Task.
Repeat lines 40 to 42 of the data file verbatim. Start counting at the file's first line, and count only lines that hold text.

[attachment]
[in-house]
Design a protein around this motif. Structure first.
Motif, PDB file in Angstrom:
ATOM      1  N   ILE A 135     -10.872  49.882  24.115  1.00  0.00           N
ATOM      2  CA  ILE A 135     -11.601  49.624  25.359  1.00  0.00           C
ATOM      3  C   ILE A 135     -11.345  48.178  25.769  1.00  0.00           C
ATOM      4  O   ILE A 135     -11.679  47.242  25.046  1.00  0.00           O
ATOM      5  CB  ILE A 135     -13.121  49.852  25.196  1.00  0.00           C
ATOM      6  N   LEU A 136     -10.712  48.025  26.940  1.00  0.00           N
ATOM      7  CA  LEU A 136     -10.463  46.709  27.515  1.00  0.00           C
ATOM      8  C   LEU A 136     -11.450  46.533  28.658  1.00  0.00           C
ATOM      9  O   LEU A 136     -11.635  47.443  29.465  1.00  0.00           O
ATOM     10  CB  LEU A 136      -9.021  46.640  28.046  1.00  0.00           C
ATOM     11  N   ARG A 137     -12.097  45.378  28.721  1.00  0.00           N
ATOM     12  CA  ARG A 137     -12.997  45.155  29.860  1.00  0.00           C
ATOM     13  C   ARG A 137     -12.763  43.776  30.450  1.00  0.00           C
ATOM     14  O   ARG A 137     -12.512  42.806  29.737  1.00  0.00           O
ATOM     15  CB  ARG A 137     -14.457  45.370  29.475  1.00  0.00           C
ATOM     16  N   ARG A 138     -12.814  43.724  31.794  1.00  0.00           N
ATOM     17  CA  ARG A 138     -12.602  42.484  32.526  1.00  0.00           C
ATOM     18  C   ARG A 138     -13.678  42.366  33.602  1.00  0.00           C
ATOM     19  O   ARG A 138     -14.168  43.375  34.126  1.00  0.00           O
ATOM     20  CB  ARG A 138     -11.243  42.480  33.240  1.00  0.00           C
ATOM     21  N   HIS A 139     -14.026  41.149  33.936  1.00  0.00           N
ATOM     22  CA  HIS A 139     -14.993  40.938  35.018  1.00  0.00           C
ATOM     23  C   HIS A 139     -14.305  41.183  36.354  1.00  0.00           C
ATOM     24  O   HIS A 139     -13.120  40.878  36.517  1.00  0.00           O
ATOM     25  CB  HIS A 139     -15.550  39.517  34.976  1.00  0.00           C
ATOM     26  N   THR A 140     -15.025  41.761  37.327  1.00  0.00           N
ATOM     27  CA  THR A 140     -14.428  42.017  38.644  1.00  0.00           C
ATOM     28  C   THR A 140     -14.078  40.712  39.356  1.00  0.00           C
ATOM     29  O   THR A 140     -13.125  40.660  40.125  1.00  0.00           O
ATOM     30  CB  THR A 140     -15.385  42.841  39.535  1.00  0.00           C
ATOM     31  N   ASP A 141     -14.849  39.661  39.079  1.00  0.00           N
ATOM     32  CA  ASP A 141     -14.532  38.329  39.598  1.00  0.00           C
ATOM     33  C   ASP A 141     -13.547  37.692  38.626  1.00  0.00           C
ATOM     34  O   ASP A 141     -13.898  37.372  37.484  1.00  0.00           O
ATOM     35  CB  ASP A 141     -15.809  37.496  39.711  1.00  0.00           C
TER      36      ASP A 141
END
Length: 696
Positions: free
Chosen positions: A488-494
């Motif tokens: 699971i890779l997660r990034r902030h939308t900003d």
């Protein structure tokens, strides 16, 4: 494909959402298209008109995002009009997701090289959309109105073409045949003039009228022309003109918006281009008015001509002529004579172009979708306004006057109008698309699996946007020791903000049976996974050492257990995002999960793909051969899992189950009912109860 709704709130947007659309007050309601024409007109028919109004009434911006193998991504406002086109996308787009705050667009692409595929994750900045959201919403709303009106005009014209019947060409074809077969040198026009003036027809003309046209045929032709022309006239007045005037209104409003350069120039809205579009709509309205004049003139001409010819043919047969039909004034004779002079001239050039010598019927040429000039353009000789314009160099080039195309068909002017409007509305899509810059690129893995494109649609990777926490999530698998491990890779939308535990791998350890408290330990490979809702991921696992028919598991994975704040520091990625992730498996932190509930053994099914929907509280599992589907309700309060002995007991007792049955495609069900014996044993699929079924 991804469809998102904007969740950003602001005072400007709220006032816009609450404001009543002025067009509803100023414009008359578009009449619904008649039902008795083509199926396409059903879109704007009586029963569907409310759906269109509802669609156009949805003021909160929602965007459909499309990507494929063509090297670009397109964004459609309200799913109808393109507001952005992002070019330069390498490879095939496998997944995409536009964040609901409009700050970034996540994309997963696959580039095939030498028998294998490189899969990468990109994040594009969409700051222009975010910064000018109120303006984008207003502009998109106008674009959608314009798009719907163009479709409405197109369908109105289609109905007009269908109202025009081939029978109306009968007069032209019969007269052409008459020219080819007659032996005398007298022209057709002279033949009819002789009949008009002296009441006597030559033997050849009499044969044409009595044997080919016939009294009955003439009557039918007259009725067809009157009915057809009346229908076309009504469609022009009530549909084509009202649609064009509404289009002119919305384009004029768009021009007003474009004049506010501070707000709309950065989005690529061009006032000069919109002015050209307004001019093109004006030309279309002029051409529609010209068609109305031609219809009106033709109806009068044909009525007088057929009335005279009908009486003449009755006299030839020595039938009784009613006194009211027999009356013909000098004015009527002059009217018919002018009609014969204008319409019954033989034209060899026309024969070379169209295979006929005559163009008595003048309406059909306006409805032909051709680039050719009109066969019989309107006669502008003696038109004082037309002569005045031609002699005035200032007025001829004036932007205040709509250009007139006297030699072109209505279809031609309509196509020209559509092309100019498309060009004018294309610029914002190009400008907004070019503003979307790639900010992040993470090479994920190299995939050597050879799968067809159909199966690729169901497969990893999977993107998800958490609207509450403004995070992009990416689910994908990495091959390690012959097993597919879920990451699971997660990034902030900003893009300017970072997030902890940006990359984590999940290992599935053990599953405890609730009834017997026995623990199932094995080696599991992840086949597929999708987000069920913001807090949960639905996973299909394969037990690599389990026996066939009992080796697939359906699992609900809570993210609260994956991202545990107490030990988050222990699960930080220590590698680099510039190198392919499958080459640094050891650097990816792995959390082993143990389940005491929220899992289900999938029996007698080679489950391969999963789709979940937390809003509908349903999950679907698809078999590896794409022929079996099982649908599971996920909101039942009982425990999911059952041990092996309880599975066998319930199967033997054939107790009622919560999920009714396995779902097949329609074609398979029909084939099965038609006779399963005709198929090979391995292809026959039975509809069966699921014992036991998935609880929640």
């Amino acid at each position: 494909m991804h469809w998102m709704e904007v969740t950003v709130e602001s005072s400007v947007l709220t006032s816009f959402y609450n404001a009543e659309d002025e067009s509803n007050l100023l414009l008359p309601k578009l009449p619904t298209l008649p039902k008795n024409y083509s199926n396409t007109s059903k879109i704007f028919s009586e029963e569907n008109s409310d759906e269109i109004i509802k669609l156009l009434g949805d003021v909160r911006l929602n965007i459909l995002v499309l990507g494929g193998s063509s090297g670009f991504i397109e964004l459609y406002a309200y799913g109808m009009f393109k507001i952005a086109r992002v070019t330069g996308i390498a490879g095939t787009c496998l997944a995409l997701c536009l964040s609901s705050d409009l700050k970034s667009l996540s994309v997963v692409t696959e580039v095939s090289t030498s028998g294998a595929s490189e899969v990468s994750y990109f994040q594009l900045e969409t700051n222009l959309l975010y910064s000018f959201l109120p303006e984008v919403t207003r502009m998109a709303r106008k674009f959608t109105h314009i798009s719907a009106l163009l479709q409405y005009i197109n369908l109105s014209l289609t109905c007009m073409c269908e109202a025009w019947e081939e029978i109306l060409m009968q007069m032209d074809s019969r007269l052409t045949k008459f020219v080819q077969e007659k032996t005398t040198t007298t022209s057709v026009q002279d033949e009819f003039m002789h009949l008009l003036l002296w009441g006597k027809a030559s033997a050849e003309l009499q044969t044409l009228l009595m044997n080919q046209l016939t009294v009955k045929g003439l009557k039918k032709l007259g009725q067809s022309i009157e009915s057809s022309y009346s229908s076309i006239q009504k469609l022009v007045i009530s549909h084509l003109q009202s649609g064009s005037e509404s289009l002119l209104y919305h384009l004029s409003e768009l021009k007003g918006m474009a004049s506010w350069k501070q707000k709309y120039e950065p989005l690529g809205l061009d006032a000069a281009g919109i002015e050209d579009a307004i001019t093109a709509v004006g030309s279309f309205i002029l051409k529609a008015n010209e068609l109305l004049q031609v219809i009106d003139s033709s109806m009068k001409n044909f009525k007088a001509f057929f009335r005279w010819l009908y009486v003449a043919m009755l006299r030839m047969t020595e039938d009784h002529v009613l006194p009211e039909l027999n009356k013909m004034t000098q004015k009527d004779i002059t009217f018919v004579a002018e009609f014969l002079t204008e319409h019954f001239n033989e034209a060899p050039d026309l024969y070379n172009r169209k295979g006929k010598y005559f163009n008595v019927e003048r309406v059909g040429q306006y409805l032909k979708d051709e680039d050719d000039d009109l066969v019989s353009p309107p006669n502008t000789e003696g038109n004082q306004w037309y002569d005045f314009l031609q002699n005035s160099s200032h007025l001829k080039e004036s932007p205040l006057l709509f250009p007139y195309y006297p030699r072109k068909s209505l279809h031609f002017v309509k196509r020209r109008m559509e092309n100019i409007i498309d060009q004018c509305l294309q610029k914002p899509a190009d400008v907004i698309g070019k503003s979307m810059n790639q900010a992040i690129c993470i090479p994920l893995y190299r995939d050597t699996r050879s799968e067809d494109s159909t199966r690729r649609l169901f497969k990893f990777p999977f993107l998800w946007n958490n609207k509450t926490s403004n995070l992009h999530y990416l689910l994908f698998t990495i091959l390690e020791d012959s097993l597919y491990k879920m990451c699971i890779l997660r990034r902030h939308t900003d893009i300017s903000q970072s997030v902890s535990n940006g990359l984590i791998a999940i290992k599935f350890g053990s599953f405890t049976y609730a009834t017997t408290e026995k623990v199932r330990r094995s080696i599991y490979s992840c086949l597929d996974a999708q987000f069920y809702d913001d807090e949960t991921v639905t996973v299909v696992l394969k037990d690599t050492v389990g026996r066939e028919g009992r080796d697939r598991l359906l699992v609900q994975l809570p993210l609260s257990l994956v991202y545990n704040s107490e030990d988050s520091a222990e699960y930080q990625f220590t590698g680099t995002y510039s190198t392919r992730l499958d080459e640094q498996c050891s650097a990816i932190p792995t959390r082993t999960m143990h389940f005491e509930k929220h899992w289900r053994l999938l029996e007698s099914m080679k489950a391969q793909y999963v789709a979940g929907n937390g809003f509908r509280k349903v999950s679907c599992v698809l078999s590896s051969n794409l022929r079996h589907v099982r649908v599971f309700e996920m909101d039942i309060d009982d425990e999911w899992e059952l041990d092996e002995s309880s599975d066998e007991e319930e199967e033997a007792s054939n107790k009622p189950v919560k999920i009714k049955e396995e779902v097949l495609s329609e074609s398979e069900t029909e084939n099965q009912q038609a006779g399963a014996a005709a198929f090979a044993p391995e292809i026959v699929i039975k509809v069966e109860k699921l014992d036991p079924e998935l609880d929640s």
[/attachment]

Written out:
END
Length: 696
Positions: free